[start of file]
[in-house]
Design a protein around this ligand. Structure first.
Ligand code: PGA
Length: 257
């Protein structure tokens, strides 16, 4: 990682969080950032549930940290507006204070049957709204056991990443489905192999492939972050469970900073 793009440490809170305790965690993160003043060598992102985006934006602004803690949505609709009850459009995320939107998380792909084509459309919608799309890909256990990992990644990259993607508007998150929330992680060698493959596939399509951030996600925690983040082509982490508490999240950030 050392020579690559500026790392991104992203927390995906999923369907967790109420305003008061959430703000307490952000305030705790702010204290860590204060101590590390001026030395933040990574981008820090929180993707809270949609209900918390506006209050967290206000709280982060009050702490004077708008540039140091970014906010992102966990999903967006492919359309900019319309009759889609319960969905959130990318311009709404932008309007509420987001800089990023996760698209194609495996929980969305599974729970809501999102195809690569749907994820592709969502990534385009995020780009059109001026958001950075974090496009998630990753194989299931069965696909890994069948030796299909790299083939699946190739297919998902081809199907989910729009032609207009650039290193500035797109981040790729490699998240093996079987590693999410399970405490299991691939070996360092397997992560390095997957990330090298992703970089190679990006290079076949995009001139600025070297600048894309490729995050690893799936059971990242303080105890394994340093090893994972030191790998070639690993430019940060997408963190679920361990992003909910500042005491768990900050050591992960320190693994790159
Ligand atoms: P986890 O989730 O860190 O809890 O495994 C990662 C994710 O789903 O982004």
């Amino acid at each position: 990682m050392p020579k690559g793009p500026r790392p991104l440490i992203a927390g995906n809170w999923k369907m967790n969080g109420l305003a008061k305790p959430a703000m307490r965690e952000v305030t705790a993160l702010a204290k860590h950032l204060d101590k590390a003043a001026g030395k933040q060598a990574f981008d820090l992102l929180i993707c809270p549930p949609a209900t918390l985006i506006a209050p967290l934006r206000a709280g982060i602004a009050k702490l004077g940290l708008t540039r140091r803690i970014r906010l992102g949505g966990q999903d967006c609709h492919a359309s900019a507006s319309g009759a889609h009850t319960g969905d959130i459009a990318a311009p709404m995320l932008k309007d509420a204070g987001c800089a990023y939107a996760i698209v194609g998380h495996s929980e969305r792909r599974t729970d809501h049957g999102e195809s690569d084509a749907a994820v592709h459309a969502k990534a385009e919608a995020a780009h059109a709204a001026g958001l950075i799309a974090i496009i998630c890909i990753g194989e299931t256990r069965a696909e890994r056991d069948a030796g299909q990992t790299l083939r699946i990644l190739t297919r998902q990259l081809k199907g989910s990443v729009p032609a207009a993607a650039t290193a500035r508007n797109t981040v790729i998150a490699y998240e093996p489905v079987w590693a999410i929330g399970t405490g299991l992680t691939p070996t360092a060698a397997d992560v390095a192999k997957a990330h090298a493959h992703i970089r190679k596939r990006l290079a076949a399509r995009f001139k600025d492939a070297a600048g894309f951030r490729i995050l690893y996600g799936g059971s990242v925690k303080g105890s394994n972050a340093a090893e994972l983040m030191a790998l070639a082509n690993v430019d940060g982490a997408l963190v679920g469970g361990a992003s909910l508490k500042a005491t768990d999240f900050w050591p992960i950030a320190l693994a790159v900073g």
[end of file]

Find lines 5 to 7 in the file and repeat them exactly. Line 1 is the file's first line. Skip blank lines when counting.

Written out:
């Protein structure tokens, strides 16, 4: 990682969080950032549930940290507006204070049957709204056991990443489905192999492939972050469970900073 793009440490809170305790965690993160003043060598992102985006934006602004803690949505609709009850459009995320939107998380792909084509459309919608799309890909256990990992990644990259993607508007998150929330992680060698493959596939399509951030996600925690983040082509982490508490999240950030 050392020579690559500026790392991104992203927390995906999923369907967790109420305003008061959430703000307490952000305030705790702010204290860590204060101590590390001026030395933040990574981008820090929180993707809270949609209900918390506006209050967290206000709280982060009050702490004077708008540039140091970014906010992102966990999903967006492919359309900019319309009759889609319960969905959130990318311009709404932008309007509420987001800089990023996760698209194609495996929980969305599974729970809501999102195809690569749907994820592709969502990534385009995020780009059109001026958001950075974090496009998630990753194989299931069965696909890994069948030796299909790299083939699946190739297919998902081809199907989910729009032609207009650039290193500035797109981040790729490699998240093996079987590693999410399970405490299991691939070996360092397997992560390095997957990330090298992703970089190679990006290079076949995009001139600025070297600048894309490729995050690893799936059971990242303080105890394994340093090893994972030191790998070639690993430019940060997408963190679920361990992003909910500042005491768990900050050591992960320190693994790159
Ligand atoms: P986890 O989730 O860190 O809890 O495994 C990662 C994710 O789903 O982004």
């Amino acid at each position: 990682m050392p020579k690559g793009p500026r790392p991104l440490i992203a927390g995906n809170w999923k369907m967790n969080g109420l305003a008061k305790p959430a703000m307490r965690e952000v305030t705790a993160l702010a204290k860590h950032l204060d101590k590390a003043a001026g030395k933040q060598a990574f981008d820090l992102l929180i993707c809270p549930p949609a209900t918390l985006i506006a209050p967290l934006r206000a709280g982060i602004a009050k702490l004077g940290l708008t540039r140091r803690i970014r906010l992102g949505g966990q999903d967006c609709h492919a359309s900019a507006s319309g009759a889609h009850t319960g969905d959130i459009a990318a311009p709404m995320l932008k309007d509420a204070g987001c800089a990023y939107a996760i698209v194609g998380h495996s929980e969305r792909r599974t729970d809501h049957g999102e195809s690569d084509a749907a994820v592709h459309a969502k990534a385009e919608a995020a780009h059109a709204a001026g958001l950075i799309a974090i496009i998630c890909i990753g194989e299931t256990r069965a696909e890994r056991d069948a030796g299909q990992t790299l083939r699946i990644l190739t297919r998902q990259l081809k199907g989910s990443v729009p032609a207009a993607a650039t290193a500035r508007n797109t981040v790729i998150a490699y998240e093996p489905v079987w590693a999410i929330g399970t405490g299991l992680t691939p070996t360092a060698a397997d992560v390095a192999k997957a990330h090298a493959h992703i970089r190679k596939r990006l290079a076949a399509r995009f001139k600025d492939a070297a600048g894309f951030r490729i995050l690893y996600g799936g059971s990242v925690k303080g105890s394994n972050a340093a090893e994972l983040m030191a790998l070639a082509n690993v430019d940060g982490a997408l963190v679920g469970g361990a992003s909910l508490k500042a005491t768990d999240f900050w050591p992960i950030a320190l693994a790159v900073g």